Sport World Cup

Wednesday 27 August 2014

We've no team there, but that won't stop Irish fans going nuts in Brazil

Wayne O'Connor

Published 09/06/2014 | 02:30

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Emma O'Rourke in red wig and friends

WORLD Cup fever may not fully hit Irish shores this year but our ex-pats living in Brazil cannot wait for the tournament to get going.

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John Keane (24), from Charleville, Co Cork, lives in Campinas, 100km north of Sao Paulo. Portugal's national team is using the city as a training base and John is hoping he will get the opportunity to bump into Cristiano Ronaldo.

The Kerry Group employee admits the mood among locals has been downbeat until this weekend.

"In the last 48 hours it has really kicked off," said John, who will attend England's clash with Uruguay and Chile v Holland.

"Before now you would not have known that the World Cup was on but now, everyday, we are beginning to see more and more green and gold on the streets and on the TV," he added.

Conor Hennessy (31), from Urlingford, Co Kilkenny, is living in Marilia, where his wife Raquel is from, six hours west of Sao Paulo.

He cannot help but notice a subdued atmosphere compared to previous World Cups.

"Back then, the fans painted the streets and there were banners everywhere but now there are a lot less because people are frustrated with how public money is being spent," said Conor.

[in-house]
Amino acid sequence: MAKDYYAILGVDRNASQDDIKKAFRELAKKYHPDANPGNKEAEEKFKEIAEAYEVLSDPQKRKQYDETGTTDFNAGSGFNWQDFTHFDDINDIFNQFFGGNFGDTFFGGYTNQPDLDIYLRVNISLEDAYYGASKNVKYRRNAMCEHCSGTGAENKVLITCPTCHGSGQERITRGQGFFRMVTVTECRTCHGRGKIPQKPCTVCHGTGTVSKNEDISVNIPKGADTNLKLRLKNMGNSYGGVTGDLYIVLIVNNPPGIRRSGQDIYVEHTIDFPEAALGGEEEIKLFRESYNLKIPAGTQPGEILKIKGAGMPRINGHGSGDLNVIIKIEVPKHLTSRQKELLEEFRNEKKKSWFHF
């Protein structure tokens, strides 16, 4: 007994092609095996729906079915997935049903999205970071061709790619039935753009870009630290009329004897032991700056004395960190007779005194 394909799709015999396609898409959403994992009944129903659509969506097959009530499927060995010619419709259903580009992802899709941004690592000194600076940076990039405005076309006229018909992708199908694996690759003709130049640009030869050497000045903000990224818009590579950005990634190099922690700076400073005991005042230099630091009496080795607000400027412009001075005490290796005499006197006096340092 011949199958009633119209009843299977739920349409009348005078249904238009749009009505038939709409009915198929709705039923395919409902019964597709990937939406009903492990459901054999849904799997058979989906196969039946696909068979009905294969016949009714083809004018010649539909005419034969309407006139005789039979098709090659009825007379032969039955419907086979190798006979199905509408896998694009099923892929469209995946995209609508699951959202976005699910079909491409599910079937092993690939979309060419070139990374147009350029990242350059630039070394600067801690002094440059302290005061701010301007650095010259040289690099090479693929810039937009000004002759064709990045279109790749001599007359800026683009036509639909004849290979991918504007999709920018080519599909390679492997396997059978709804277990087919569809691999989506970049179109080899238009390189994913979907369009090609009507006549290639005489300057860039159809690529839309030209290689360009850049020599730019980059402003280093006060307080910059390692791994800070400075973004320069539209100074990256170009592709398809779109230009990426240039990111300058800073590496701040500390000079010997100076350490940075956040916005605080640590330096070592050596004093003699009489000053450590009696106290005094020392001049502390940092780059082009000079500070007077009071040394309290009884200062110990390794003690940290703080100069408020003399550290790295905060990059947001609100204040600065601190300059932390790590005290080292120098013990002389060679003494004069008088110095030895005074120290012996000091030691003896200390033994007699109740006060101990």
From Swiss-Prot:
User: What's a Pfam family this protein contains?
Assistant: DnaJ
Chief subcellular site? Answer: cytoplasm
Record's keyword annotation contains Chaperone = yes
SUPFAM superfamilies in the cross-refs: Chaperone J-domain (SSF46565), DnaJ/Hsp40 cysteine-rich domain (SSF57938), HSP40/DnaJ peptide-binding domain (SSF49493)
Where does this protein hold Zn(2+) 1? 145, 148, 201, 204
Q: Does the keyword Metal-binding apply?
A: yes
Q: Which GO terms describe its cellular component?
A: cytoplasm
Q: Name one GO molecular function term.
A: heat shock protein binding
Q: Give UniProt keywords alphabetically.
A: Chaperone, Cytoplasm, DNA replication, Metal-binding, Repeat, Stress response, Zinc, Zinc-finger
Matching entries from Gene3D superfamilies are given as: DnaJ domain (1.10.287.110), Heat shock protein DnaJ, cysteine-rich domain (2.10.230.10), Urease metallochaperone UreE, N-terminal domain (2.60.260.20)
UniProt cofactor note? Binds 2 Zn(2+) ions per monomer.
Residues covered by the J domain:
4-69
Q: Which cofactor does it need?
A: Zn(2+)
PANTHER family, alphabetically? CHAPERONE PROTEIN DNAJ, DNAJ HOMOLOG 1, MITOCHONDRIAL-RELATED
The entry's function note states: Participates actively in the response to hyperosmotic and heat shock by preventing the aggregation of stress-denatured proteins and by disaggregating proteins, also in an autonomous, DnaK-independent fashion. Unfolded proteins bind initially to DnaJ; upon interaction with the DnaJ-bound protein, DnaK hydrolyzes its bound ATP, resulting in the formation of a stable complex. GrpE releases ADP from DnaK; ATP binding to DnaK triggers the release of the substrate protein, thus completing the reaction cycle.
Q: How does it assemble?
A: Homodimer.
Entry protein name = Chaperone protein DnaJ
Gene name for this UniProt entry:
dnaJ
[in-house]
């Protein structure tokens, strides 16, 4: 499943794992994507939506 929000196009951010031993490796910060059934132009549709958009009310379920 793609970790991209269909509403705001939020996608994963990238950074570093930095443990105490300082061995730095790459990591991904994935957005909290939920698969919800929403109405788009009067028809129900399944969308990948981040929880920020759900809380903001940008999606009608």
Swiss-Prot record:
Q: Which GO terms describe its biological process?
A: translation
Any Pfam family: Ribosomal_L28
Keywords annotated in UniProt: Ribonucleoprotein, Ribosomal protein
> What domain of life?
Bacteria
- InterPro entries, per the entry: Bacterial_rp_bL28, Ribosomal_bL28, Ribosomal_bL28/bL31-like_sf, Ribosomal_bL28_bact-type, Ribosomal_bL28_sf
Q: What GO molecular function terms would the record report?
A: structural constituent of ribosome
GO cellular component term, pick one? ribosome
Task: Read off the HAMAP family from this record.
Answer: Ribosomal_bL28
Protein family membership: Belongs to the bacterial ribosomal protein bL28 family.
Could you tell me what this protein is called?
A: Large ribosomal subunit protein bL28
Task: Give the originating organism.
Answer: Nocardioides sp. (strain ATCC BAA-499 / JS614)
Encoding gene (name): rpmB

In Sao Paulo, Emma O'Rourke, a 22-year-old English teacher from Mullingar in Westmeath, concedes that the majority of Brazilians there do not want the country hosting the tournament.

"I am here with my Brazilian boyfriend and his family are totally against the tournament being held here," said Emma. "There has not been a lot of excitement to be honest – more chaos than anything because of the strikes on the buses and today there is a metro strike.

"This week I noticed more Brazilian flags hanging up around the place, but nothing exciting like you would expect."

Nonetheless, Emma is hoping to make the best of the tournament.

"On the days of the Brazilian games I will probably go to a friend's house for a barbecue or to a bar to watch the matches," she said. "The tickets for the matches here in the city were very difficult to get but I am still hoping a ticket will fall from the sky."

Irish Independent

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